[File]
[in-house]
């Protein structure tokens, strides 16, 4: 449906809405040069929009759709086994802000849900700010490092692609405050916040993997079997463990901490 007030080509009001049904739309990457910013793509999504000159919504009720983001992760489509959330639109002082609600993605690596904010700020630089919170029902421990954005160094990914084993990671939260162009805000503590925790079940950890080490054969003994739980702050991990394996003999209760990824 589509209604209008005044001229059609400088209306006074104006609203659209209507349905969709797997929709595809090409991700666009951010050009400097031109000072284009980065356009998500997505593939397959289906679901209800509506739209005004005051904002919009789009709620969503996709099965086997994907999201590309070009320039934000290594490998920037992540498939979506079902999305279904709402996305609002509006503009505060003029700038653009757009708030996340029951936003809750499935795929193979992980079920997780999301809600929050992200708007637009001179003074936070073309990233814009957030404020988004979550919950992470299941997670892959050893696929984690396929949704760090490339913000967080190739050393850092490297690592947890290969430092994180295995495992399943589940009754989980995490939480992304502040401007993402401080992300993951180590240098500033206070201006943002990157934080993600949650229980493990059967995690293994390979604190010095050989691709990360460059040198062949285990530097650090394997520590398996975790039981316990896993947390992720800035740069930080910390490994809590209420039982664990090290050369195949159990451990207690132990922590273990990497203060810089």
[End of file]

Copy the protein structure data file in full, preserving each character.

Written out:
[in-house]
């Protein structure tokens, strides 16, 4: 449906809405040069929009759709086994802000849900700010490092692609405050916040993997079997463990901490 007030080509009001049904739309990457910013793509999504000159919504009720983001992760489509959330639109002082609600993605690596904010700020630089919170029902421990954005160094990914084993990671939260162009805000503590925790079940950890080490054969003994739980702050991990394996003999209760990824 589509209604209008005044001229059609400088209306006074104006609203659209209507349905969709797997929709595809090409991700666009951010050009400097031109000072284009980065356009998500997505593939397959289906679901209800509506739209005004005051904002919009789009709620969503996709099965086997994907999201590309070009320039934000290594490998920037992540498939979506079902999305279904709402996305609002509006503009505060003029700038653009757009708030996340029951936003809750499935795929193979992980079920997780999301809600929050992200708007637009001179003074936070073309990233814009957030404020988004979550919950992470299941997670892959050893696929984690396929949704760090490339913000967080190739050393850092490297690592947890290969430092994180295995495992399943589940009754989980995490939480992304502040401007993402401080992300993951180590240098500033206070201006943002990157934080993600949650229980493990059967995690293994390979604190010095050989691709990360460059040198062949285990530097650090394997520590398996975790039981316990896993947390992720800035740069930080910390490994809590209420039982664990090290050369195949159990451990207690132990922590273990990497203060810089």